will and my reason, I feel rising, from the depths of my being, toward this rich man, who is very often an imbecile, and sometimes a murderer, something like an incense of admiration. Is it not stupid? And why? Why?
On leaving this dirty haberdasher, and this strange shop, where, by the way, it was impossible for me to match my silk, I reflected with discouragement upon all that this woman had told me about my masters. It was drizzling. The sky was as dirty as the soul of this dealer in pinchbeck. I slipped along the slimy pavement of the street, and, furious against the haberdasher and against my masters, and against myself, furious against this country sky, against this mud, in which my heart and my feet were splashing, against the incurable sadness of the little town, I kept on repeating to myself:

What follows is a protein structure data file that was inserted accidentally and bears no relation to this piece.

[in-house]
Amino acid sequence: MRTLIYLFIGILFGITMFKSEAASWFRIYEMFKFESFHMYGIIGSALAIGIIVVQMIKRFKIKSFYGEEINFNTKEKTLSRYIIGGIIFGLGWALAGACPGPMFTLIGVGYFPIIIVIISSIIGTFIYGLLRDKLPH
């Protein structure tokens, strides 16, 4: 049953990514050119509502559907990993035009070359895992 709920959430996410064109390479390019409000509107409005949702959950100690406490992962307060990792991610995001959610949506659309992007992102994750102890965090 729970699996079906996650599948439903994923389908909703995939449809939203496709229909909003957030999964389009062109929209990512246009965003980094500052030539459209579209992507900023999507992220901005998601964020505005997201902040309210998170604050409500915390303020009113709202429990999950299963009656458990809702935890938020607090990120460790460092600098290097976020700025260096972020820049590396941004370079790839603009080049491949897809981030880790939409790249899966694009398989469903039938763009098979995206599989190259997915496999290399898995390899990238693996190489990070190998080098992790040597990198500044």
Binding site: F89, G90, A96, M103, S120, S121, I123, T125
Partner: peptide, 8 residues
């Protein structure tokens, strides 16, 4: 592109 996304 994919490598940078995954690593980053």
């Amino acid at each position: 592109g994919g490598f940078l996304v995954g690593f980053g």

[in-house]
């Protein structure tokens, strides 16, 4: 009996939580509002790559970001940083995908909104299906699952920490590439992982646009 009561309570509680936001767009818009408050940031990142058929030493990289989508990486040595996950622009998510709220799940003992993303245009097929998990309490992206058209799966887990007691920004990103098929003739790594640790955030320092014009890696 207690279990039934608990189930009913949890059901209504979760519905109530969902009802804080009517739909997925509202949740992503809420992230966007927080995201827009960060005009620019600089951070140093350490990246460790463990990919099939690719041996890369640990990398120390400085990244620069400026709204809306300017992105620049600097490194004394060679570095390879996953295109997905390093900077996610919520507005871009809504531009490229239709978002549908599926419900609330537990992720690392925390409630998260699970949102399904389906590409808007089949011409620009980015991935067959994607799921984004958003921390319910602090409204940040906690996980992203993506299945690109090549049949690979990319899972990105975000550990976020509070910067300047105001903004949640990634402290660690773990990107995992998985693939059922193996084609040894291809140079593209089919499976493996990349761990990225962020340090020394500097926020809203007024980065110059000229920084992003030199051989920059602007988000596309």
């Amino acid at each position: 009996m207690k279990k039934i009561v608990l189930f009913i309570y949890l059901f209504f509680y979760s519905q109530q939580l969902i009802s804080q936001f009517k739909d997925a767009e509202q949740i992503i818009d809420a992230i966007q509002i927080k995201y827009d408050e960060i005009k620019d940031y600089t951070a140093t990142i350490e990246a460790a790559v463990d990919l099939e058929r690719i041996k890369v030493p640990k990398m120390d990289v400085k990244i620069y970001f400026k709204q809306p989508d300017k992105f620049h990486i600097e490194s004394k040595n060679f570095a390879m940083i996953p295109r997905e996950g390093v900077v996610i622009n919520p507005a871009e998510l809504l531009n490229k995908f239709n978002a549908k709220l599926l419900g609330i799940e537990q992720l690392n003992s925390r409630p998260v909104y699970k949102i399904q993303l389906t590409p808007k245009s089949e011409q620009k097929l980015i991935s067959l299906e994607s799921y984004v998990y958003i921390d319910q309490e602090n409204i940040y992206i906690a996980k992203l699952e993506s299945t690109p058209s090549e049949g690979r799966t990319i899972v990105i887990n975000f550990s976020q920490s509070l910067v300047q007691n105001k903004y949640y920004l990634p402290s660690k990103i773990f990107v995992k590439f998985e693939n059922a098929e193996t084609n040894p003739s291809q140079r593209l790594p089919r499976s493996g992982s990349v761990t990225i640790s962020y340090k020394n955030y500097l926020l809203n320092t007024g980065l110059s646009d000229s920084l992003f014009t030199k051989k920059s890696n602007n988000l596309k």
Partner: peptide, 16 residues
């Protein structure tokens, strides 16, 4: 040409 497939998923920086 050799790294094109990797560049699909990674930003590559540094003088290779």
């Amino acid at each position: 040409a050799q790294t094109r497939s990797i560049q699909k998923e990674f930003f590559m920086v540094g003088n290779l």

"Well, here is a clean place for you! I had seen everything but this. A nice hole I have fallen into!"
Ah! yes, a nice hole indeed! And here is something more.
Madame dresses herself all alone, and does her own hair. She locks herself securely in her dressing-room, and it is with difficulty that I can obtain an entrance. God knows what she does in there for hours and hours! This evening, unable to